Share Email Print
cover

Proceedings Paper

Nanostructure effects and the performance of optical interference coatings
Format Member Price Non-Member Price
PDF $14.40 $18.00

Paper Abstract

The theory of "classical" optical interference coatings is based on assumptions like ideal homogeneity and isotropy of the materials, as well as absolutely smooth and infinitesimally thin interfaces between the individual coating materials. Within the framework of these assumptions, there exists an elaborated theoretical apparatus for solving design and characterization tasks for optical coatings. At the same time, coating deposition techniques have been perfected in order to match with the requirements of homogeneity and smoothness of these coatings in practice. Remaining discrepancies between the theoretically predicted and practically achieved coating performance can - at least partially - be attributed to the violation of the above-mentioned ideal assumptions. But a closer look on this matter reveals a more differentiated picture: Nanostructure effects can be tackled as additional degrees of freedom for coating design, and can lead to useful property combinations that are inaccessible to "classical" coatings prepared on the basis of the traditionally available coating materials. This presentation deals with practical examples, where explicit violations of the usually assumed perfect homogeneity and smoothness of the coatings have resulted in novel and innovative coating material properties or coating designs. Examples include: - Effects of noble metal islands embedded in semiconductor films: applications in photovoltaics - Antireflection effects of nanostructured surfaces: motheye-structures - Effects of nanoporosity in oxide films on refractive index, thermal shift and mechanical stress: balanced coating properties The examples demonstrate the possible benefits of the exploitation of nanostructure-caused effects in interference coating science and technology.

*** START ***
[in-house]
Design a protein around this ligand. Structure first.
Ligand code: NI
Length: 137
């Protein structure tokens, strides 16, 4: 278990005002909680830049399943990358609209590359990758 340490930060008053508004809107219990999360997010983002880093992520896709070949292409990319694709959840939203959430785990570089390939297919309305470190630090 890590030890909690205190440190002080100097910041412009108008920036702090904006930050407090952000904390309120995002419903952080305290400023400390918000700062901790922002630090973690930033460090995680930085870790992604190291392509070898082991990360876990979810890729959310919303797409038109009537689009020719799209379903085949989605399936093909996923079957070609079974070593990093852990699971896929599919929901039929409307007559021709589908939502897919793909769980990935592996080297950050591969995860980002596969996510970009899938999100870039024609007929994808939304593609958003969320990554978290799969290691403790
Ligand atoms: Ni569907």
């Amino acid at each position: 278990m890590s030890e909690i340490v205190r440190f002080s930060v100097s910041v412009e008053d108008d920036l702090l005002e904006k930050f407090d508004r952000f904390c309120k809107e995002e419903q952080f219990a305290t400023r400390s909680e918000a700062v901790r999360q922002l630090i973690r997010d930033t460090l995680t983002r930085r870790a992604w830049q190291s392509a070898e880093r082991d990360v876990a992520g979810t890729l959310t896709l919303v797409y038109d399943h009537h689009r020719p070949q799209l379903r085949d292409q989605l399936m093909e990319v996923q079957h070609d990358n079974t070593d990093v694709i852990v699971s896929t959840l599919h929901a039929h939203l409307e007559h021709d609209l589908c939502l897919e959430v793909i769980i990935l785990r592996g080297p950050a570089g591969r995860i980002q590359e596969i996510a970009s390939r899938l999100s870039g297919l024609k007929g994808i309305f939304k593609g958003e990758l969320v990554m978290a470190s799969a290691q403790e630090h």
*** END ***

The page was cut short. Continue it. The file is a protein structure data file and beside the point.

Paper Details

Date Published: 26 September 2011
PDF: 12 pages
Proc. SPIE 8104, Nanostructured Thin Films IV, 810409 (26 September 2011); doi: 10.1117/12.888155
Show Author Affiliations
Olaf Stenzel, Fraunhofer Institute for Applied Optics and Precision Engineering (Germany)
Ulrike Schulz, Fraunhofer Institute for Applied Optics and Precision Engineering (Germany)
Norbert Kaiser, Fraunhofer Institute for Applied Optics and Precision Engineering (Germany)


Published in SPIE Proceedings Vol. 8104:
Nanostructured Thin Films IV
Raúl J. Martín-Palma; Yi-Jun Jen; Tom G. Mackay, Editor(s)

© SPIE. Terms of Use
Back to Top